Thursday, 9 February 2012

Day 81 - Taffy and the tatties

I've just been given some top tips on growing potatoes by a smashing old gentleman called 'Taffy Tattie'.  Now, with a nickname like that you just know he's not going to be someone you forget in a hurry!  Taffy is a round, smiley, eccentric, potato expert.  What he doesn't know about spuds isn't worth knowing and his enthusiasm for his subject hits you like a freight train.   


You need to be prepared for Taffy Tattie.  Last year my friend wasn't.  She didn't realise he was going to be at the local garden centre on "Know your potatoes day" (all good GCs should have one?) and wasn't quite sure what to make of him.  This time she took me and we were ready for the Welsh charmer with potatoes on his mind!   


Neither us have a lot of space for spuds and plan to use a little bit of ground as well as some large grow bags.  The wonderful thing about this garden centre is you pay by weight, which means you can buy as many or as few seed potatoes as you like and there are soooo many varieties to choose from.  


Time to ask Taffy, but he wasn't going to make it easy, oh no.  Instead of recommending varieties, we had cryptic clues, like, "Never in the field of human conflict....", "This famous artist had a blue period..." and "The lady's not for turning.."   
EVENTUALLY we had our little brown paper bags of seed potatoes and a heap of seriously good advice that I thought might be worth sharing, if you're thinking about growing your own.


Pick your seed potatoes wisely, no holes, cracks or cuts.  Wash and dry them, then before planting, leave them on a tray inside until they go green. Bugs aren't keen on green spuds.


Don't plant your first crop until you can sit on the soil without literally freezing your backside off.  (Apparently it's how Percy Thrower did it in the Blue Peter garden!)   Easier maybe to test the temperature of the soil with the back of your hand?  The earth is usually warm enough sometime between mid March and the beginning of April.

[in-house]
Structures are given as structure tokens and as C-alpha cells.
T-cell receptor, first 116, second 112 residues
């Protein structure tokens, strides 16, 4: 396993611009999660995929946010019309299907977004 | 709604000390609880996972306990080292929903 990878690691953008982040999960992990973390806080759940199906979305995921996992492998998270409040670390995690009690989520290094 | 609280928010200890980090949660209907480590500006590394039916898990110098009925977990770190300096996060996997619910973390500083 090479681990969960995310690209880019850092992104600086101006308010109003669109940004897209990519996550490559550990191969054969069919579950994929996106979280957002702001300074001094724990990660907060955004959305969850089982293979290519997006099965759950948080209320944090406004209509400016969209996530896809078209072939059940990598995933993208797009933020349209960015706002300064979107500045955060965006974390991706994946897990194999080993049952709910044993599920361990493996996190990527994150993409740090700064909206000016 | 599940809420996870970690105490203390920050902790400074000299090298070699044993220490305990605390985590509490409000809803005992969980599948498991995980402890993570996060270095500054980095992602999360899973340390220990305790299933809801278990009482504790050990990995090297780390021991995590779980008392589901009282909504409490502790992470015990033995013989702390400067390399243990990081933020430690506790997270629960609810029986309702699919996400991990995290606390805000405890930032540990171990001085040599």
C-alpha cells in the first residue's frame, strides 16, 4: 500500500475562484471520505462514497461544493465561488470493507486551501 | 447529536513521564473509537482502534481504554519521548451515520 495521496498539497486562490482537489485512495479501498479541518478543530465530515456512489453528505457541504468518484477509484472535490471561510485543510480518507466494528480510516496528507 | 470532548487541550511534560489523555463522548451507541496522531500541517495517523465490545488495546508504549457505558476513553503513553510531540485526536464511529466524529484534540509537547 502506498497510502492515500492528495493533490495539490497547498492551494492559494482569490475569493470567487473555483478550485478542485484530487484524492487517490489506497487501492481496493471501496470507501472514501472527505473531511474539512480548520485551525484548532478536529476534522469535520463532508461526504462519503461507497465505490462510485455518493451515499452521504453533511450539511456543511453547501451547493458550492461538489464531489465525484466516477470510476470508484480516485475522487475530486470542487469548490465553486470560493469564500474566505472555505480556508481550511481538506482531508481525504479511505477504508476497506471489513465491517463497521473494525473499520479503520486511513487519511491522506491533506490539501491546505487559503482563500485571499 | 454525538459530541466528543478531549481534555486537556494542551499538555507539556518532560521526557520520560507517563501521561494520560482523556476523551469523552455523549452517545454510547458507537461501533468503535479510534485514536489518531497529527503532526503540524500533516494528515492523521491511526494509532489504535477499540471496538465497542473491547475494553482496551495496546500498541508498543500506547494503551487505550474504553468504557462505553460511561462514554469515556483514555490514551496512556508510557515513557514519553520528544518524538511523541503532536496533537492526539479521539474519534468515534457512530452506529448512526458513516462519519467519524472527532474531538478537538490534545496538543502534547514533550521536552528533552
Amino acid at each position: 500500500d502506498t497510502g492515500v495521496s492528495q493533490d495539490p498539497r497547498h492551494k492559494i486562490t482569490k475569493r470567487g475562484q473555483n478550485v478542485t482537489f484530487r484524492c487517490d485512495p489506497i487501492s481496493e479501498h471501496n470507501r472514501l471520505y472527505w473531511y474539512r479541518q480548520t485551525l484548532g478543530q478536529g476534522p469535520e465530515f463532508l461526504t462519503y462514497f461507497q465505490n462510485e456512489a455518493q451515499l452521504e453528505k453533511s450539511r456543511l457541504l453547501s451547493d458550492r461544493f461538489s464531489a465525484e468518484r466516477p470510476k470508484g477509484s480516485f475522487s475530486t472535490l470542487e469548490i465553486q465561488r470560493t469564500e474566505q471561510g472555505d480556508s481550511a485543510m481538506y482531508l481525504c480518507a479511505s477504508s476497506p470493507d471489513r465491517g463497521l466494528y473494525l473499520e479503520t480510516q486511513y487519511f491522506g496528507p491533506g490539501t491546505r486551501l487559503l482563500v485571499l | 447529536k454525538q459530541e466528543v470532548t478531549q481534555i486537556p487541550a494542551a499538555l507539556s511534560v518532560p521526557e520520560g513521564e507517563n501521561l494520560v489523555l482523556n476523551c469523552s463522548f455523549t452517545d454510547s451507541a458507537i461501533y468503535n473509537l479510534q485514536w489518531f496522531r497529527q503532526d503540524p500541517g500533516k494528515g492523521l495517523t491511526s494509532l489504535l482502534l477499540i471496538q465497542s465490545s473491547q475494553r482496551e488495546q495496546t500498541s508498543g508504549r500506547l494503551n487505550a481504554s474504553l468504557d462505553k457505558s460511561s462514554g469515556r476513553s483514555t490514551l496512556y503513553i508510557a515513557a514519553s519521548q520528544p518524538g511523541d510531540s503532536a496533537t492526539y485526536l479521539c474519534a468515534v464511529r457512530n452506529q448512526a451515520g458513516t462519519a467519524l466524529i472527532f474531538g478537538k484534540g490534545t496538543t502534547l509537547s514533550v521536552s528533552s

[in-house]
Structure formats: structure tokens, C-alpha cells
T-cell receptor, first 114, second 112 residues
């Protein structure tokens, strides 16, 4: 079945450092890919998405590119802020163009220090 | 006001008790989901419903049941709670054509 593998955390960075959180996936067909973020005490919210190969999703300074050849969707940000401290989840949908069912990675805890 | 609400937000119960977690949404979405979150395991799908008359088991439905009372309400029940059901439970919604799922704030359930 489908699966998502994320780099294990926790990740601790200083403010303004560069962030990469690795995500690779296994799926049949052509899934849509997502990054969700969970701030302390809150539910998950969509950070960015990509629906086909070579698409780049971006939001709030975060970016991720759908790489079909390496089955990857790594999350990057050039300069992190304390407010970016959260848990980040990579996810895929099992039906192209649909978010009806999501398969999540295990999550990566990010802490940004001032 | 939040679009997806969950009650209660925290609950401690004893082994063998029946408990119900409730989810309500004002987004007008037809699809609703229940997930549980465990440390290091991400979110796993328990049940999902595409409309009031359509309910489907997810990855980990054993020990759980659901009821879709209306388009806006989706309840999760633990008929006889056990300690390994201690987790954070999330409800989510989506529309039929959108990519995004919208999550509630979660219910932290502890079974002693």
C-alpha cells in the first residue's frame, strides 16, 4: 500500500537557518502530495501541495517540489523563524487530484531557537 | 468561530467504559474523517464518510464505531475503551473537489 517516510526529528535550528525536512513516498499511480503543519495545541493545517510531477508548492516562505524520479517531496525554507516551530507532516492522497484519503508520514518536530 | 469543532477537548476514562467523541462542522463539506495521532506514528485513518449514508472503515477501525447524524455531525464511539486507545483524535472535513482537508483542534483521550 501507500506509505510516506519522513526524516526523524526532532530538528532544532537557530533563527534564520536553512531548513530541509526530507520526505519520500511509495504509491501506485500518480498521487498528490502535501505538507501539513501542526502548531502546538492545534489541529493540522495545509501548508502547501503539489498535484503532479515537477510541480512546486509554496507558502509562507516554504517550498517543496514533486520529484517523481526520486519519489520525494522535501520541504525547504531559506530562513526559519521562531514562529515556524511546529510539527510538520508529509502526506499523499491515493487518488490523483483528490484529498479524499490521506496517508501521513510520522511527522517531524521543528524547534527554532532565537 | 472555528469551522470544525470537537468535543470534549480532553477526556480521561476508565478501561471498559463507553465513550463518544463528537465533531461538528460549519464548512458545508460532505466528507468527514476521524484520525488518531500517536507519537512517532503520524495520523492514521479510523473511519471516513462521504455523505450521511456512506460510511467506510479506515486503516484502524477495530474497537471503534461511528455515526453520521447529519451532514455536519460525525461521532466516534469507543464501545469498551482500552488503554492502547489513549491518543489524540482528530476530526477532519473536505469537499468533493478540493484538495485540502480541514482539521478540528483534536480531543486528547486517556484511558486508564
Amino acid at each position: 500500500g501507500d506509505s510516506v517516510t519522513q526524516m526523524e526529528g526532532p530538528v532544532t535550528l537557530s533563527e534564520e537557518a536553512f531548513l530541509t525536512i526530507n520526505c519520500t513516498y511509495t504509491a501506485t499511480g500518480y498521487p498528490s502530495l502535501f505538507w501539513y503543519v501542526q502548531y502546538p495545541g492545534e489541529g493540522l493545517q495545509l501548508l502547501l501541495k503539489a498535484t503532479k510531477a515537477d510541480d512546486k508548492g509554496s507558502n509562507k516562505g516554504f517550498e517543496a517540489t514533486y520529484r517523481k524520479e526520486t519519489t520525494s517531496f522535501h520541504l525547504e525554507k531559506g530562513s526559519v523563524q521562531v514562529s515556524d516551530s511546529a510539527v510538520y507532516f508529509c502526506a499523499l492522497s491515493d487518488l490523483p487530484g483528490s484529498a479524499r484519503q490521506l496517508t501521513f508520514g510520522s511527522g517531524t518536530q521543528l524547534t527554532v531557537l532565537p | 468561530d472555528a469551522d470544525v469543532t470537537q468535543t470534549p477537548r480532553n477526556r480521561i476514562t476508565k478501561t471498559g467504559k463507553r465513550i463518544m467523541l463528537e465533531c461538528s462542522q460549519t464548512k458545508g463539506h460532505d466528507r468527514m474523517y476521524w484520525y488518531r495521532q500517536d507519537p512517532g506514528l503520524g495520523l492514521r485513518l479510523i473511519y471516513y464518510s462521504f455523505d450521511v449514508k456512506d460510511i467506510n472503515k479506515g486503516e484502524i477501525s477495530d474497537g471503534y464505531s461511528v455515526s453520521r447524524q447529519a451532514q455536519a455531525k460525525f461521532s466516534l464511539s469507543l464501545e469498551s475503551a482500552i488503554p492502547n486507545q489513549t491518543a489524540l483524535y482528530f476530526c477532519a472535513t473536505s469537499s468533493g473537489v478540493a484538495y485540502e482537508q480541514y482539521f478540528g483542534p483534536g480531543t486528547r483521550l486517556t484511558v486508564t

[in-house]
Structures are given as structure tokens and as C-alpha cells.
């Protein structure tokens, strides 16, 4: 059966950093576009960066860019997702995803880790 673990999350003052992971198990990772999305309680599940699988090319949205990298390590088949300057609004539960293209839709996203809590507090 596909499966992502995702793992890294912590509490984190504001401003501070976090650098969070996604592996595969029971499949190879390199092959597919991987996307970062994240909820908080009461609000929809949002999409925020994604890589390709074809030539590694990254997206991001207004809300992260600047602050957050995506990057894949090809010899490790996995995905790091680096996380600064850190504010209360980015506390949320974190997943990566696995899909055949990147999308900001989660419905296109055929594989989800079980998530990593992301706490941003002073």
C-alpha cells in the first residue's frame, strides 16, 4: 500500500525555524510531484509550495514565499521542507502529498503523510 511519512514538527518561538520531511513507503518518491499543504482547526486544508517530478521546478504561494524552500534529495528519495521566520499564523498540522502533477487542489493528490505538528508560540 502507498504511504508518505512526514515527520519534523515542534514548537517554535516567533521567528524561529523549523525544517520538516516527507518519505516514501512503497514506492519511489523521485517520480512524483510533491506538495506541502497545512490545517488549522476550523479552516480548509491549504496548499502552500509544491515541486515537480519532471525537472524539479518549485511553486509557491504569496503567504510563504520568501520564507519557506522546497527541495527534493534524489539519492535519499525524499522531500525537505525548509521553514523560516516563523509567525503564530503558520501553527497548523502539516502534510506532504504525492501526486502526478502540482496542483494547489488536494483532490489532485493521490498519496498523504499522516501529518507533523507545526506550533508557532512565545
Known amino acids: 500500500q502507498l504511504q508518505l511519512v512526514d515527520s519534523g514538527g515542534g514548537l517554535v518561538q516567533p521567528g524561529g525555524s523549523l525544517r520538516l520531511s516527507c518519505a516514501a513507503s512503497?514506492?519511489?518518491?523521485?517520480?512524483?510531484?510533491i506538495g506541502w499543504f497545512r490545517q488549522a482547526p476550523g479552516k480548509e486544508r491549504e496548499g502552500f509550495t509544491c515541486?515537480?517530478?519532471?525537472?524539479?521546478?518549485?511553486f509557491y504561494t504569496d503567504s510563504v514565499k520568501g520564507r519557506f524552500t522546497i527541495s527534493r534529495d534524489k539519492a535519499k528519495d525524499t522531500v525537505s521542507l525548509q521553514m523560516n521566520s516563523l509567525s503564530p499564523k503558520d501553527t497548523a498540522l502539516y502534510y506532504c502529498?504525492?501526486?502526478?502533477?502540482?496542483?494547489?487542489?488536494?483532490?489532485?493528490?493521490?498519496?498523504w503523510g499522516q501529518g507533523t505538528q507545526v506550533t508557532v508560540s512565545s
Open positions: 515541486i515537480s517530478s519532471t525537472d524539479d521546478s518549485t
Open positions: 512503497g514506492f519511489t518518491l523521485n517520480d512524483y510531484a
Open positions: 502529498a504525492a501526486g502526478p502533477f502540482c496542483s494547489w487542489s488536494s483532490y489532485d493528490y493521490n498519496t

And use a good fertiliser like calcified seaweed and not, according to Taffy, the opposite of 'grow less'....


When pushed on his first choice for a main crop, ready in september, he picked Cara, "You can't go wrong with her."  
Hard for him though, because he loves them all - apart from the new varieties of small, nobbly salad potatoes, "You can't blooming well peel 'em!"


I wish I came across more people like Taffy; he's one of life's enthusiasts, so keen to pass on all he knows (if you like crosswords) with an irrepressible twinkle in his eye! 


4 comments:

  1. Oh that's a useful post as we will be planting some soon, will send my husband to your blog to read this too :-) x

    ReplyDelete
  2. Just trying to see if I can leave a comment - have tried before but no luck! Must get some potatoes for the allotment. Missed the first village potato day as have 5 children and football and snow!

    ReplyDelete
  3. Lovely to hear from you. Can understand why you missed the potato day! I'm looking forward to growing our own - though fear (after all Taffy's advice) I may have muddled up some of my varieties!

    ReplyDelete